Written by Samya El-shishtawy, Nevine Sherif, Emad Abdallh, Laila Kamel, Mohamed Shemis, Abdel Aziz Ali Saleem, Haitham Abdalla, Hesham Gamal el Din
Parent Category: Year 2015, Volume 7
Category: Year 2015, Volume 7, Issue 8, December 2015
Introduction: A new form of hepatitis C virus infection, known as occult hepatitis C virus (HCV) infection, is characterized by the presence of HCV_RNA in the liver or peripheral blood mononuclear cells (PBMCs). However, no serological markers of infection occur and there is not as much damage to the liver damage as is produced by chronic hepatitis C. There is a high incidence of HCV infection among hemodialysis patients, there is significant concern about viral transmission. HCV infection is a major problem in hemodialysis (HD) units even though blood products are screened for anti-HCV antibodies and other precautions are taken. The aim of this study was to determine the prevalence of occult HCV infection in PBMC in chronic hemodialysis (CHD) patients in the dialysis unit at Theodor Bilharz Research Institute (TBRI) with HCV antibodies and HCV RNA negativity irrespective of their liver function tests.
Methods: Fifty-three patients who were repeatedly were anti-HCV negative and serum HCV-RNA negative and on regular hemodialysis for > six months were enrolled in the study, which was conducted in the dialysis unit of Nephrology Department at TBRI; there were 10 healthy matched controls. The patients were classified into two groups according to the result HCV RNA in their PBMCs. Serological markers of HCV infection, including anti-HCV antibody and serum HCV-RNA, were repeatedly negative for all patients included in the study. We collected serum and PBMC samples from the patients on the day they entered the study. The test of all serum samples for anti-HCV antibodies and HCV-RNA was repeated by RT-PCR to ensure that the patients did not have these HCV serologic markers, We also measured their ALT and GGT levels.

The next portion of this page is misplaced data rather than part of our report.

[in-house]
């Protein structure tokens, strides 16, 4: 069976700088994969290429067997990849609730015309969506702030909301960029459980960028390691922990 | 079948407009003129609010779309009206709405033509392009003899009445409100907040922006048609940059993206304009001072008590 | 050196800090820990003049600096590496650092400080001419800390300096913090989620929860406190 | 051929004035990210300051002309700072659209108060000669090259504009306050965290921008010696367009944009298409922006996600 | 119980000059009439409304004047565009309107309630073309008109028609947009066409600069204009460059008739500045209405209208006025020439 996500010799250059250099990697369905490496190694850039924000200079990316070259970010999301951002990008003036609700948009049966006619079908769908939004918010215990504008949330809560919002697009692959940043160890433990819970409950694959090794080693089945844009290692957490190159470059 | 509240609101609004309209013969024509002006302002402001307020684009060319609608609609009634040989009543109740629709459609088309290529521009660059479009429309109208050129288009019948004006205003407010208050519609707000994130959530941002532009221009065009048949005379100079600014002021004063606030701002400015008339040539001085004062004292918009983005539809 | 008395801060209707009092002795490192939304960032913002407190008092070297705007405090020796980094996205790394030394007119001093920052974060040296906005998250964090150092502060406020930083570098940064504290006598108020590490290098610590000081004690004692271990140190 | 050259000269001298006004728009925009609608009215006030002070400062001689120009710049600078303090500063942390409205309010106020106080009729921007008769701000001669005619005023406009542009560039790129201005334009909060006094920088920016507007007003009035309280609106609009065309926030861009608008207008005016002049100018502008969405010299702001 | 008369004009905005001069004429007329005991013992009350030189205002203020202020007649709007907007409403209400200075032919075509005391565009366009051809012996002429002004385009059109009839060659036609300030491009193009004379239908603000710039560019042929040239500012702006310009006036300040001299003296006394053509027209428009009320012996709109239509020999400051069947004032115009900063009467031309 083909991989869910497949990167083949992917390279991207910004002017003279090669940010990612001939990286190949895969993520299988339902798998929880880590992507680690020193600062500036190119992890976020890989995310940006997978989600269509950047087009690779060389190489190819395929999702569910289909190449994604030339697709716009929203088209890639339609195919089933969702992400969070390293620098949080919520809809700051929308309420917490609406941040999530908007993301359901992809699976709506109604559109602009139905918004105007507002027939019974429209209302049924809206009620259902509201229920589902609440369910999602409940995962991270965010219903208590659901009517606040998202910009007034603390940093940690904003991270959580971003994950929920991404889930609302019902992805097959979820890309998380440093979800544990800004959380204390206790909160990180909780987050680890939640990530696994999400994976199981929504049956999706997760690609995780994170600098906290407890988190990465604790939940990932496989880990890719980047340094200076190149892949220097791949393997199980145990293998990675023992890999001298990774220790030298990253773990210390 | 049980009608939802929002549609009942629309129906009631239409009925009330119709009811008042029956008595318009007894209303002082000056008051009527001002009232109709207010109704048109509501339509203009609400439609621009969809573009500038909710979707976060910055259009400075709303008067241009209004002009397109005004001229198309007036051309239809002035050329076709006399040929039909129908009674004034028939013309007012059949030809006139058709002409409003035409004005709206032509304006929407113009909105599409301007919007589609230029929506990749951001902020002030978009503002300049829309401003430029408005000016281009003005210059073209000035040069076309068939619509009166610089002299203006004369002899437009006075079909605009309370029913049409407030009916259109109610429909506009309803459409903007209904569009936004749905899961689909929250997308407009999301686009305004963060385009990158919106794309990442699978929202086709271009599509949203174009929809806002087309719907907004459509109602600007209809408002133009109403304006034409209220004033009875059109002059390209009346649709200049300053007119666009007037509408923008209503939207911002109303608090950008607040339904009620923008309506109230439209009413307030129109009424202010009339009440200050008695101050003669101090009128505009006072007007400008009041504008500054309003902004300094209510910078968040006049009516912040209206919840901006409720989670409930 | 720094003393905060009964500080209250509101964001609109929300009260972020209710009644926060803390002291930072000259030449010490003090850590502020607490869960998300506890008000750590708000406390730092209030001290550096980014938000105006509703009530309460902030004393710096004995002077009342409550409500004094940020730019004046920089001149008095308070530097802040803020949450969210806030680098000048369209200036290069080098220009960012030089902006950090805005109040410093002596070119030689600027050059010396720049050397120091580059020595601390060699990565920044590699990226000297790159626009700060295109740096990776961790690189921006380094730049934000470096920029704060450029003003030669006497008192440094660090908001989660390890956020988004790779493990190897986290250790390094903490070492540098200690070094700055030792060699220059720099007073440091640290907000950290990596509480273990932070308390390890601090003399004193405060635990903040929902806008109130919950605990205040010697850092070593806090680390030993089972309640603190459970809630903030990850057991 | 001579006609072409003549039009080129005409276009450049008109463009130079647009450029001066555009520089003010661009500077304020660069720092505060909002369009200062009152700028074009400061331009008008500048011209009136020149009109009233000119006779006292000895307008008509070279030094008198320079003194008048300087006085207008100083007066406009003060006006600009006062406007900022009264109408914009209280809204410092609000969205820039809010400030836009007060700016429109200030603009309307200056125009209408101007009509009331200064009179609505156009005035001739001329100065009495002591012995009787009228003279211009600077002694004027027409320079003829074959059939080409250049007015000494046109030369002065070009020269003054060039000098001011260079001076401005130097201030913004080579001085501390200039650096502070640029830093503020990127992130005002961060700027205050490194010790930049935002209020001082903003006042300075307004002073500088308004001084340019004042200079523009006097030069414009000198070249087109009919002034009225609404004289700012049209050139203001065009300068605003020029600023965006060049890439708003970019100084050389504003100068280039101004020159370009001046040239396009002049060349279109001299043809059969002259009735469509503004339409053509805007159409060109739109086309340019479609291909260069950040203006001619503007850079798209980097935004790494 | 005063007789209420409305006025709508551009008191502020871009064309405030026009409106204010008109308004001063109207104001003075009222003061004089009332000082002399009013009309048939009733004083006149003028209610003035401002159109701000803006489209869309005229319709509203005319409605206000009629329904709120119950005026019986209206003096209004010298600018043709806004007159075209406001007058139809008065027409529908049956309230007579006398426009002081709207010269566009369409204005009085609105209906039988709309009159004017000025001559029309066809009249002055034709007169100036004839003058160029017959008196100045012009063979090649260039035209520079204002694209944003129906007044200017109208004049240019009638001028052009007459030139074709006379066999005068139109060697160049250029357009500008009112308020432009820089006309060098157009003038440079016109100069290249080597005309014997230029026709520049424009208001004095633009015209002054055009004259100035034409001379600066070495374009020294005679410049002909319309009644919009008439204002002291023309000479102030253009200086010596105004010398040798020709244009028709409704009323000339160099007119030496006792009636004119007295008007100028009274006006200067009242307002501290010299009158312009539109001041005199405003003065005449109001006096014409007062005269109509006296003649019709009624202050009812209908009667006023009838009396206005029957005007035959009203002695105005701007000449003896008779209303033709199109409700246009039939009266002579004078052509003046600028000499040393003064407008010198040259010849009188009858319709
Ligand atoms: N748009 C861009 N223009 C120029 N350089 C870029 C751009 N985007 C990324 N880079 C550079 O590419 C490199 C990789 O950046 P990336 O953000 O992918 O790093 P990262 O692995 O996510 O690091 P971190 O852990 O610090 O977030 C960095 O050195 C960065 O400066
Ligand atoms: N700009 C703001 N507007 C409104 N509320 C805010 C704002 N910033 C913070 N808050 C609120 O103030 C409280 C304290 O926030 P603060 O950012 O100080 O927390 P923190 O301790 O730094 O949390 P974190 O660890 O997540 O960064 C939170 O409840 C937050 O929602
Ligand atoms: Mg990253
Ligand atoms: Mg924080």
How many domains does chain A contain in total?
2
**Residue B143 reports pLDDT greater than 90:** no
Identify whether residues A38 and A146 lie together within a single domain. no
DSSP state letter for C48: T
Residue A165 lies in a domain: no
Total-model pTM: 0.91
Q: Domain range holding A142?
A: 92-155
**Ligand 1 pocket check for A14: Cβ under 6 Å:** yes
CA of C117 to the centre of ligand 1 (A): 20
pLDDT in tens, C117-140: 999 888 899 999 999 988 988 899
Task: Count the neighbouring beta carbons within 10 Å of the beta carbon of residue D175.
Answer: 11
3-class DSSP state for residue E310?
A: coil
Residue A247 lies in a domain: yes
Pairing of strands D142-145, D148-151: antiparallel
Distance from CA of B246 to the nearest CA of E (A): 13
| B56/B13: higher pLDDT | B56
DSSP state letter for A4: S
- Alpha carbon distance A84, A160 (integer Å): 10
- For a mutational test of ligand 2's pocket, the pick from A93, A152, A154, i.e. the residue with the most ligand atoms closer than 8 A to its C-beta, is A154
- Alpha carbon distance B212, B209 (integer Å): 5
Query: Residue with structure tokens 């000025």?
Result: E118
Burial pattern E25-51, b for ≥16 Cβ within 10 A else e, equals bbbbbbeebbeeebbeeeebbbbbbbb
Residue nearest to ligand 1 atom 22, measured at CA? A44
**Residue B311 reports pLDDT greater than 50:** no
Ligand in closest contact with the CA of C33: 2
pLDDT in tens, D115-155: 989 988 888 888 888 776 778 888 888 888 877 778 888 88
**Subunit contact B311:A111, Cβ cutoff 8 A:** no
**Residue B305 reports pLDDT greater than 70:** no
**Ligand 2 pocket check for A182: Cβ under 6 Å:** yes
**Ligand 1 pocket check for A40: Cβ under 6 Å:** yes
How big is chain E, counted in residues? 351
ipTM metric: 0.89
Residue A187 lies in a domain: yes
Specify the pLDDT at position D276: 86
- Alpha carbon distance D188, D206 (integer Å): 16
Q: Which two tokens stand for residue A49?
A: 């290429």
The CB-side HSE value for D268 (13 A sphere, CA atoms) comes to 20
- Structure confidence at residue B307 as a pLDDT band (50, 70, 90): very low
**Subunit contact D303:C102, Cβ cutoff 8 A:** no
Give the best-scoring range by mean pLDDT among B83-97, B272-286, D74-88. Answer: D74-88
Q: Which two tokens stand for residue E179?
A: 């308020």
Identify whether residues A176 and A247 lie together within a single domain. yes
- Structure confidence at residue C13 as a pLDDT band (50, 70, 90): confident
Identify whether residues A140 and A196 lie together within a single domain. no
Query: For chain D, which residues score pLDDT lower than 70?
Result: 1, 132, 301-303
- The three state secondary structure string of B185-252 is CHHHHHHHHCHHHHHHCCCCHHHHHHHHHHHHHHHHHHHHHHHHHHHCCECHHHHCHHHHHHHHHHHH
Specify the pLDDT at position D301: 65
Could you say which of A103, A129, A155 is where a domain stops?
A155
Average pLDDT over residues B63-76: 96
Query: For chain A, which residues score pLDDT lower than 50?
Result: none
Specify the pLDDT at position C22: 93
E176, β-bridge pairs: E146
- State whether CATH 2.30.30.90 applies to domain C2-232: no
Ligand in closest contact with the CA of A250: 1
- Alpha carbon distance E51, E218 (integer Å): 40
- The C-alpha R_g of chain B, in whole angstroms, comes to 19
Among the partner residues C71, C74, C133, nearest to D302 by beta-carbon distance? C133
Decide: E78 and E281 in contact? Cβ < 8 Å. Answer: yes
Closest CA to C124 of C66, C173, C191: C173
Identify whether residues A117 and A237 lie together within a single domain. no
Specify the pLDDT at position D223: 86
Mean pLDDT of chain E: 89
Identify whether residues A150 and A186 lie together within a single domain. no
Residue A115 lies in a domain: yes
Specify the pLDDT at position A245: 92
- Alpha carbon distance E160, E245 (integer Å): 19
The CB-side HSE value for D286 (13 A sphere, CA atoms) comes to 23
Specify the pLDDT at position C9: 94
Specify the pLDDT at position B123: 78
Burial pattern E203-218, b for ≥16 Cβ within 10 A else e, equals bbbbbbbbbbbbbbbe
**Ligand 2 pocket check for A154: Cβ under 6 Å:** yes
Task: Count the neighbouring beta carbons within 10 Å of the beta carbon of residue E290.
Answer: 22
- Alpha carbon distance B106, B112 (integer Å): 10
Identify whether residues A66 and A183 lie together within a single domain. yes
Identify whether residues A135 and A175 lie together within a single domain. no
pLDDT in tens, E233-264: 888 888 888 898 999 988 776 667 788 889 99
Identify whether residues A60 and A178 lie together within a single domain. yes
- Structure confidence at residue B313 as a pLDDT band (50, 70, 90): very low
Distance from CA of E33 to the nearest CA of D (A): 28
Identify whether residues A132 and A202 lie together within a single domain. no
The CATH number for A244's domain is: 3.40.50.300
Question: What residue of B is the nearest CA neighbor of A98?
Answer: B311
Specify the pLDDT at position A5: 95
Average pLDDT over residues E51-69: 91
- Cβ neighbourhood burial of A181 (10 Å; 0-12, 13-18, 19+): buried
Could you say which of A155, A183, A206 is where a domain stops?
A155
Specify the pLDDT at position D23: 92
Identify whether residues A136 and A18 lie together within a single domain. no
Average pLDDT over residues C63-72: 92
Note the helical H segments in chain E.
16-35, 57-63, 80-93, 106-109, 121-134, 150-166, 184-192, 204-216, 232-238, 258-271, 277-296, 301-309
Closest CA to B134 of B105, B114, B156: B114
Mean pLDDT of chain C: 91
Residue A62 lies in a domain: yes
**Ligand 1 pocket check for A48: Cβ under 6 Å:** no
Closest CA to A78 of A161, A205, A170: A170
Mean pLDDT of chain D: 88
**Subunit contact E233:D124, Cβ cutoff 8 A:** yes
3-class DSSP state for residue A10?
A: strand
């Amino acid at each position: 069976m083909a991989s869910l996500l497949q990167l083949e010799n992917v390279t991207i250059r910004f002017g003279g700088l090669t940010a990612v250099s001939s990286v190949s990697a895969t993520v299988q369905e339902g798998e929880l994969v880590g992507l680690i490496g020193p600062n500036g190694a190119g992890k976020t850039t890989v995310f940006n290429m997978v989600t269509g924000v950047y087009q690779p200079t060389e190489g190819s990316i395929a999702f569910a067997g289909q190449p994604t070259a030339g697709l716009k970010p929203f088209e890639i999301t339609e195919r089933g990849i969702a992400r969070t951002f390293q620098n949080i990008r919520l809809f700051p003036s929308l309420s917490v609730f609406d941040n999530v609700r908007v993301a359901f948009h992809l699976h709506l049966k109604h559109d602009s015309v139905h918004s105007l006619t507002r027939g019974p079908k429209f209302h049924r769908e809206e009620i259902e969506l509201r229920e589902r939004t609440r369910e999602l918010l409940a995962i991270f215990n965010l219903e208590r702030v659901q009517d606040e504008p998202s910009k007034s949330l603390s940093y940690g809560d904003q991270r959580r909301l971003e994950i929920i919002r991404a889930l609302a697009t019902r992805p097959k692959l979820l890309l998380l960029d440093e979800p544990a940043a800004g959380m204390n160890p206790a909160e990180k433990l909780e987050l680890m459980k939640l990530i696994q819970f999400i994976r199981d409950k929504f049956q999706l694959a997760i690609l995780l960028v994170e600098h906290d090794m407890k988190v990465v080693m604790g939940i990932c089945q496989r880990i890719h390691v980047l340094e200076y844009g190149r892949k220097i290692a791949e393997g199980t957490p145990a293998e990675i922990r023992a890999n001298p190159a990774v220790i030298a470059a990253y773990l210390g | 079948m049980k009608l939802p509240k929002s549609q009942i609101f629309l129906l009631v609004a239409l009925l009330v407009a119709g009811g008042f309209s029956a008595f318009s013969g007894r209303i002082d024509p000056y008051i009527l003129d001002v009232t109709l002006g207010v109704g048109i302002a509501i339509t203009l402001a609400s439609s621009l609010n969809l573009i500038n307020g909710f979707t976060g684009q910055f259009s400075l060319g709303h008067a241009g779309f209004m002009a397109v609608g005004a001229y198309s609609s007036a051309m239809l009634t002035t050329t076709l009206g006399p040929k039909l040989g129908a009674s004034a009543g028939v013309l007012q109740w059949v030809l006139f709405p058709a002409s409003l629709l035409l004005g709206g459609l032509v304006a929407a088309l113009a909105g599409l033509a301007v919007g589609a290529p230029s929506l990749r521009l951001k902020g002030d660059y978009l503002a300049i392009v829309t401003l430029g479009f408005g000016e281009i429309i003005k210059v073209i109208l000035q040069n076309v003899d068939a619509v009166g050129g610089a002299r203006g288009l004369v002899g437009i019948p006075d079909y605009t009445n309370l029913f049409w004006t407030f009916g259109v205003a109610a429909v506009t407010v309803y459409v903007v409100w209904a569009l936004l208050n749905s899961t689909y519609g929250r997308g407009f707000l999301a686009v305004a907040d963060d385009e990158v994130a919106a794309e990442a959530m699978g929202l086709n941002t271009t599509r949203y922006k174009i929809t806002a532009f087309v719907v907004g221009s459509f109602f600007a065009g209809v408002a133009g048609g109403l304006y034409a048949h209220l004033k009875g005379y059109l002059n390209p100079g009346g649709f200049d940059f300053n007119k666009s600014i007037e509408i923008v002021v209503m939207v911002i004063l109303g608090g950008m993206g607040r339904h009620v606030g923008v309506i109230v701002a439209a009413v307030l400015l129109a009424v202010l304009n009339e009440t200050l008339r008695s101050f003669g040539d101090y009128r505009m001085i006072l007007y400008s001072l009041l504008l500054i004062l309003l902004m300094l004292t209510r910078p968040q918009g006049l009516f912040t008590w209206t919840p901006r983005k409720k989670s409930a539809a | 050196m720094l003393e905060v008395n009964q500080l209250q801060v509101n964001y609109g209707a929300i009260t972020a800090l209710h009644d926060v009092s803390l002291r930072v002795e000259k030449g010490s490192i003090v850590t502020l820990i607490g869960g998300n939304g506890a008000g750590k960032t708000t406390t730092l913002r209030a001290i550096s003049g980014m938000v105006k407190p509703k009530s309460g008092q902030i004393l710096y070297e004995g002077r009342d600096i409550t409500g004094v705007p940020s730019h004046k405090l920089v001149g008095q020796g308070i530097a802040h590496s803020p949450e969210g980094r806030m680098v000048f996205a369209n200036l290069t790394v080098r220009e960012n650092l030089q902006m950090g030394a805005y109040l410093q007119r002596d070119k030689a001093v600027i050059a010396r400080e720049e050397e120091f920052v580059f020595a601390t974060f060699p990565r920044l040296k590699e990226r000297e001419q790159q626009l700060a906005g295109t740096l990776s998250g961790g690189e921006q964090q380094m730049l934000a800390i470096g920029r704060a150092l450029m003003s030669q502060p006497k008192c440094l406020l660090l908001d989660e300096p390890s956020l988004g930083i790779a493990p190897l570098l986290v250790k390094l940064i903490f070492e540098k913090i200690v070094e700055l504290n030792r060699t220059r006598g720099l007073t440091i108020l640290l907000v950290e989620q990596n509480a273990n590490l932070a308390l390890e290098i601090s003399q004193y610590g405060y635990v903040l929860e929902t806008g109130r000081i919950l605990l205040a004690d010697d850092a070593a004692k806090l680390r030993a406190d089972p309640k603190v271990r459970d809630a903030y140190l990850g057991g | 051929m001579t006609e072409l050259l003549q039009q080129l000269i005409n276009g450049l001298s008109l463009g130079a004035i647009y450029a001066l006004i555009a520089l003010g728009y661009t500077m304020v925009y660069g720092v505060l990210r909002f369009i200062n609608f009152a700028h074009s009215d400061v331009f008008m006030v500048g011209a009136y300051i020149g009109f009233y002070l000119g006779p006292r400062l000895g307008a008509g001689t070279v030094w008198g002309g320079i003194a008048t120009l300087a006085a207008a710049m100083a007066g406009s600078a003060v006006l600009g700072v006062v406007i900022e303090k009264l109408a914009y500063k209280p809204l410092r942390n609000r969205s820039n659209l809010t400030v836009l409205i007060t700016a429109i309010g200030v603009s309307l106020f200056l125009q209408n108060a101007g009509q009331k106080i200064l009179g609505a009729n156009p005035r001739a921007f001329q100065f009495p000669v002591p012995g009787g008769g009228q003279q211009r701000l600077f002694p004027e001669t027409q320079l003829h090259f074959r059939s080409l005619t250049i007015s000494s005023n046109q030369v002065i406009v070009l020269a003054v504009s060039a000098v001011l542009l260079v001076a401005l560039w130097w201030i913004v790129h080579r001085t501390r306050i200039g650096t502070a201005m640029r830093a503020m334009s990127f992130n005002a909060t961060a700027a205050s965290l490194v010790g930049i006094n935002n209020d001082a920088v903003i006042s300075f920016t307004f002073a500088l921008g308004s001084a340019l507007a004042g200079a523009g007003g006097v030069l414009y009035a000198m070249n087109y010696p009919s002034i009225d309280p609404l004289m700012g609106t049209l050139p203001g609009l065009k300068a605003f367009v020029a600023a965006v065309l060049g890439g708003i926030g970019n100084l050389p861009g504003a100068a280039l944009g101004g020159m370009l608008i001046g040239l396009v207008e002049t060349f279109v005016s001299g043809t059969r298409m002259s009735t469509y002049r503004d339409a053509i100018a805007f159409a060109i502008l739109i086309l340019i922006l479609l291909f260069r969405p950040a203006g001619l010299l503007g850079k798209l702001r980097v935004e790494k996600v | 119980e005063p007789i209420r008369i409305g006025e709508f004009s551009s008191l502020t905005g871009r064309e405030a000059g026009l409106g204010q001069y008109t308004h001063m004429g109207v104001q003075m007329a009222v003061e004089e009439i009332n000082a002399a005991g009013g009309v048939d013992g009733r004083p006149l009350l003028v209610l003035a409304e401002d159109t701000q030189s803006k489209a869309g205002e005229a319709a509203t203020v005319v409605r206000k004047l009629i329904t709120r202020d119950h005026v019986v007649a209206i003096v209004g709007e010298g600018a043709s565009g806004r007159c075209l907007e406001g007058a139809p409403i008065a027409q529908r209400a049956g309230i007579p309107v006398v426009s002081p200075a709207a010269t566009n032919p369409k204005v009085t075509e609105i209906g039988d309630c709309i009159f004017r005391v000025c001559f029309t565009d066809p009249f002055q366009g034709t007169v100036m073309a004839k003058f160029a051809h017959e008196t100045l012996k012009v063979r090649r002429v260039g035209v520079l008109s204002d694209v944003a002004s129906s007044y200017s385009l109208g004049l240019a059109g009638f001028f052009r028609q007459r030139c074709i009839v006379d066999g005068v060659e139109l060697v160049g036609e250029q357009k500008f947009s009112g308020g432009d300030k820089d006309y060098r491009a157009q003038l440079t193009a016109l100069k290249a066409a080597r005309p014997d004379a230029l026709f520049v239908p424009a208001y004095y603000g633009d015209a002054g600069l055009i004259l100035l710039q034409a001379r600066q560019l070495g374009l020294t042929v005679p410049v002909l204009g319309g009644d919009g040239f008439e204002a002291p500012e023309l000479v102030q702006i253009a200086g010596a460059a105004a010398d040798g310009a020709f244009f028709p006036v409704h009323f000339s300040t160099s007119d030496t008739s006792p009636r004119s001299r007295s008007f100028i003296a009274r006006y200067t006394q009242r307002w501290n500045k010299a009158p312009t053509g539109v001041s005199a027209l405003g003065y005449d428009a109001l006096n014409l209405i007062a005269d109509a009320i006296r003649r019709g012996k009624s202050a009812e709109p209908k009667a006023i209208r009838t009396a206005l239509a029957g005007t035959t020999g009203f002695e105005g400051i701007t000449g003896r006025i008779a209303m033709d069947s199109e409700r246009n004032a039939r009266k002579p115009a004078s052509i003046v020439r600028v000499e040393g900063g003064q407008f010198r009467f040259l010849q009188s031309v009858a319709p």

Results: Occult hepatitis C virus infection (OCI) was detected in 15.1% of our CHD patients without any evidence of chronic liver disease.
Conclusion: Occult HCV infection was present among the hemodialysis patients irrespective of whether they had persistent abnormal values of liver enzymes for which no cause had been identified. Further study is required to determine the clinical significance of occult HCV infections in these patients.
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Keywords: hepatitis C, hemodialysis, occult infection
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Ethics of Publishing Case Reports: Do We Need Ethics Approval and Patient Consent?
An editorial by Dr. Mehrdad Jalalian
The worldwide spread of COVID-19 as an emerging, rapidly evolving situation, and the dramatic need of urgent medicine or vaccine, has rapidly brought new hypotheses for pathophysiology and potential medicinal agents to the fore. It is crucial that the research community provide a way to publish this research in a timely manner.
To contribute to this important public health discussion, the Electronic Physician Journal is excited to announce a fast-track procedure to help researchers publish their articles on COVID-19 related subjects that fall under the broad definition of public health, internal medicine, and pharmacology. We are especially welcome to all hypotheses about the pathological basis of the COVID-19 infection and the possible characteristics of potential medicine and vaccine. Submit your manuscript here
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TDR Clinical Research and Development Fellowships
Call for applications
Deadline for submission: 7 March 2019, 16:00 (GMT)
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Meta-Analysis Workshops in New York, USA, and London, UK, in April and May 2019
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About the Instructor
Dr. Michael Borenstein, one of the authors of Introduction to Meta-Analysis, is widely recognized for his ability to make statistical concepts accessible to researchers as well as to statisticians. He has lectured widely on meta-analysis, including at the NIH, CDC, and FDA. Read more: